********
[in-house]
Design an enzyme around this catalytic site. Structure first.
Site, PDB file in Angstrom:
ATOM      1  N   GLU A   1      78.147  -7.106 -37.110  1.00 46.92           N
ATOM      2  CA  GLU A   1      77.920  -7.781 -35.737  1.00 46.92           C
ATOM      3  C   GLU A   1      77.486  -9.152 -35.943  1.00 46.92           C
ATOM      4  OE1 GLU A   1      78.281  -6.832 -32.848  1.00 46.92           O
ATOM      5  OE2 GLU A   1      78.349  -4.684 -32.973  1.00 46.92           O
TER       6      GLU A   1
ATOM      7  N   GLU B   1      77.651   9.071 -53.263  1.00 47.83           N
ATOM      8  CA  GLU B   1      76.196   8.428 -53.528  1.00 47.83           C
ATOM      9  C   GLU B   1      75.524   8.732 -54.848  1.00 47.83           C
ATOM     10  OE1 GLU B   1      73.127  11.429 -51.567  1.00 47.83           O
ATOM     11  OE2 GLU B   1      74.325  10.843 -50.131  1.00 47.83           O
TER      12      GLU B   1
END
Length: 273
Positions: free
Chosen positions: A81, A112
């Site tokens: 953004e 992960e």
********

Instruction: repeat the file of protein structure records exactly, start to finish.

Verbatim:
[in-house]
Design an enzyme around this catalytic site. Structure first.
Site, PDB file in Angstrom:
ATOM      1  N   GLU A   1      78.147  -7.106 -37.110  1.00 46.92           N
ATOM      2  CA  GLU A   1      77.920  -7.781 -35.737  1.00 46.92           C
ATOM      3  C   GLU A   1      77.486  -9.152 -35.943  1.00 46.92           C
ATOM      4  OE1 GLU A   1      78.281  -6.832 -32.848  1.00 46.92           O
ATOM      5  OE2 GLU A   1      78.349  -4.684 -32.973  1.00 46.92           O
TER       6      GLU A   1
ATOM      7  N   GLU B   1      77.651   9.071 -53.263  1.00 47.83           N
ATOM      8  CA  GLU B   1      76.196   8.428 -53.528  1.00 47.83           C
ATOM      9  C   GLU B   1      75.524   8.732 -54.848  1.00 47.83           C
ATOM     10  OE1 GLU B   1      73.127  11.429 -51.567  1.00 47.83           O
ATOM     11  OE2 GLU B   1      74.325  10.843 -50.131  1.00 47.83           O
TER      12      GLU B   1
END
Length: 273
Positions: free
Chosen positions: A81, A112
């Site tokens: 953004e 992960e």